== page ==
Economic rent, unlike contract rent, cannot be determined by bargaining. Nor is it necessary that a piece of land be rented to a tenant in order that its economic rent may appear. The owner of a farm receives economic rent just as truly when he himself operates it as when he permits a tenant to operate it.

The simplest approach to an understanding of economic rent is made by examining an ideal situation in which only a few persons are concerned. Let us assume, therefore, that ten families take up their residence on an isolated island composed, let us say first, of several different kinds of soil. Let us assume also that one of the families engages in wheat-farming on the land best adapted to wheat, while the other nine engage in fishing, manufacturing, or commerce, or even in some other kind of farming. Obviously, the wheat farmer can raise wheat cheaper than any other one - say 80 cents a bushel - for he has the best wheat land. As the number of people on the island increases, more wheat will be necessary and consequently more wheat land will need to be brought under cultivation. Necessarily the farmers that take up wheat-raising must resort to a poorer grade of wheat land than the first farmer possesses. But they will not grow wheat even on free land unless the price of wheat is high enough to return to them interest on their capital and wages for their labor. We may expect Under the increased demand for wheat that the price will rise, say to $1.00 a bushel. Under these new conditions the first wheat farmer, without having his expenses increased, will enjoy the increased price of 20 cents a bushel. If his land produces 40 bushels per acre it yields him an economic rent of $8 (40 times 20 cents) per acre. As population continues to increase, the extra demand for wheat forces its price upward. Farmers will then resort to the cultivation of poorer wheat lands, with the result that our first wheat farmer, also all the others except the one on the poorest piece of wheat land, will get an additional income which we call economic rent. We may say, therefore, that one of the sources of economic rent is the differences that exist in the fertility of soil.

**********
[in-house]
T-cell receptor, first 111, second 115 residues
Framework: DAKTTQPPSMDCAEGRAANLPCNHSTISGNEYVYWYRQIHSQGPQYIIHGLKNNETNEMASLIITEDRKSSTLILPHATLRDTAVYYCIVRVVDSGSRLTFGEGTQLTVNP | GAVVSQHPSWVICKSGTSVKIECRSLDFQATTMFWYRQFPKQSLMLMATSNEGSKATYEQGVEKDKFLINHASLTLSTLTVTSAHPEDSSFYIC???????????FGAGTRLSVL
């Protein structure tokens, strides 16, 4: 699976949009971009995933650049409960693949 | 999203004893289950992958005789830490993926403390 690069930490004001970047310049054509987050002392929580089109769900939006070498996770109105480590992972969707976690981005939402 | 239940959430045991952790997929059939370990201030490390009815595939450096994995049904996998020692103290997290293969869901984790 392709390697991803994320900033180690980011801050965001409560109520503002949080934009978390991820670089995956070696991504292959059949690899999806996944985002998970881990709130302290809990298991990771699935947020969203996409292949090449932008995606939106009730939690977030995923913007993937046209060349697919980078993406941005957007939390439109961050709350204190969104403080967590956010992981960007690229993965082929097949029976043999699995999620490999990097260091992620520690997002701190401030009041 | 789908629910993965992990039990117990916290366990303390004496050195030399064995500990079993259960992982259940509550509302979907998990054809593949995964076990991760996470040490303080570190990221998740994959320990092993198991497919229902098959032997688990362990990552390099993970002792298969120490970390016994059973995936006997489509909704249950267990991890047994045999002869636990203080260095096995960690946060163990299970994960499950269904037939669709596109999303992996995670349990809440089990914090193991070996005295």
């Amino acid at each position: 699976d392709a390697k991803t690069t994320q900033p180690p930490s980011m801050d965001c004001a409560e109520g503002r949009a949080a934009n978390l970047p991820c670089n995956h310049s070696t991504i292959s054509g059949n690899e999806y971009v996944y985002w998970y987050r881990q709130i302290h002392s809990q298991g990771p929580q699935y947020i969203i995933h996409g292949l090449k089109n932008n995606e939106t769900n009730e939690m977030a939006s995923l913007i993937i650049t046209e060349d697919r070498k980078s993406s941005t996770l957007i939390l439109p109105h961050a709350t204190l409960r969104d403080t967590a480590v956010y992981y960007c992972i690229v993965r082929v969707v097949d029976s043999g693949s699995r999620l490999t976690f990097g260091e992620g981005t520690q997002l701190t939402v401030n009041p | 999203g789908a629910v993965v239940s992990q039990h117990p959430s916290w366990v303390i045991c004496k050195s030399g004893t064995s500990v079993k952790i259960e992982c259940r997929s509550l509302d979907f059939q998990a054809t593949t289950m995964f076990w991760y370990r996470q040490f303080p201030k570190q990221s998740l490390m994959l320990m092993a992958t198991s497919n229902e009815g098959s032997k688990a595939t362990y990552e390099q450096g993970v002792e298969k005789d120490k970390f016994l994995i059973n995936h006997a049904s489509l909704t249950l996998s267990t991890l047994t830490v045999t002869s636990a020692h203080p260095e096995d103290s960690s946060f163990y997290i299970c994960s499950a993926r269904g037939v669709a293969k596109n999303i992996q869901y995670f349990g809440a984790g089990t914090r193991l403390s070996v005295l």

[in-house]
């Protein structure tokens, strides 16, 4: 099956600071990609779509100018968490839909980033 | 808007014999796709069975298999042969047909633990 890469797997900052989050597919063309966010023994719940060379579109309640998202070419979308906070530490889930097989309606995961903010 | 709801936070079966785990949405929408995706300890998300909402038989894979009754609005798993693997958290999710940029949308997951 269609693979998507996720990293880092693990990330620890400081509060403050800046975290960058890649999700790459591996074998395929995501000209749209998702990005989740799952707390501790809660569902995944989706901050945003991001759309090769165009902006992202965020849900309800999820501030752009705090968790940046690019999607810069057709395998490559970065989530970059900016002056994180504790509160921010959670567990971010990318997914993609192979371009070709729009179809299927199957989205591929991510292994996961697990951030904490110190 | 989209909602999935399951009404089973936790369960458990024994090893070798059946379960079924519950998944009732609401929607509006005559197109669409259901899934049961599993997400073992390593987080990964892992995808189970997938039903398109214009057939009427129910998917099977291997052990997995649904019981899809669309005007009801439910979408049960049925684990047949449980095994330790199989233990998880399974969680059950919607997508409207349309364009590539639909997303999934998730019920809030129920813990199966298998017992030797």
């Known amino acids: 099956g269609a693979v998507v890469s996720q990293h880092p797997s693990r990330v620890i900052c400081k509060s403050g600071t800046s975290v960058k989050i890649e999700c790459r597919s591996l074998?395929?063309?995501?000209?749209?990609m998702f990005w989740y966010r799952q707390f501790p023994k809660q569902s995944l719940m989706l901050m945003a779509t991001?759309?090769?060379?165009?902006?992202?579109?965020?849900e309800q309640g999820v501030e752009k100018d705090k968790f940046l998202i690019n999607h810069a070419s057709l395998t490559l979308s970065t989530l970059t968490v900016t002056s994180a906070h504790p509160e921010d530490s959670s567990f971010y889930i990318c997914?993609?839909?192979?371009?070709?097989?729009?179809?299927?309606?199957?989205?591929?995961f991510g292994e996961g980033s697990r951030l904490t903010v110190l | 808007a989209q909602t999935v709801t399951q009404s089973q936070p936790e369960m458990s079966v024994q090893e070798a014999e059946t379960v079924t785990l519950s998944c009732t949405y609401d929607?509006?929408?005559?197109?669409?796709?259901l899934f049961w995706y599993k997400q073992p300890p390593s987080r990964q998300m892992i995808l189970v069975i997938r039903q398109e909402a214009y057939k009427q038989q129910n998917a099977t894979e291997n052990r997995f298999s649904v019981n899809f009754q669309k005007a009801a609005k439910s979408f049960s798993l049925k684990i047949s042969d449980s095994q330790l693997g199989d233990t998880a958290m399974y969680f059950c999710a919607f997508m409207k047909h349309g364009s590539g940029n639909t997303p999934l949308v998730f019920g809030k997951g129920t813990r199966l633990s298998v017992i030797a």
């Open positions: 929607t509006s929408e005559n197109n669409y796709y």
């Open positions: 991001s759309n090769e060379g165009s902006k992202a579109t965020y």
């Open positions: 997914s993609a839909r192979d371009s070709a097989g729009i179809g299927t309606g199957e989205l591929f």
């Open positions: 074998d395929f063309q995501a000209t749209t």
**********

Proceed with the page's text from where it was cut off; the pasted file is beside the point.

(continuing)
We might have assumed that all of the land on our islands was of the same fertility. Suppose that nine of the ten families settle in a village, while the tenth family takes up the nearest piece of land for wheat-farming. Here again an increase in population will increase the demand for wheat with a corresponding increase in price. Consequently, other families will take up land for the purpose of growing wheat. This land, according to our assumption, is as well adapted to wheat-raising as the first farmer's land, but not so well located in reference to the village market. The second farmer, therefore, will be compelled to undergo transportation expenses from which the first wheat farmer is free. Since the price of wheat is uniform in the village market, the first farmer will enjoy an advantage over the second farmer. Here is a second source of economic rent. A complete explanation of the sources of economic rent is beyond the scope of this book. We may say, however, that economic rent arises from differences; in agriculture it arises chiefly from differences due to fertility and location.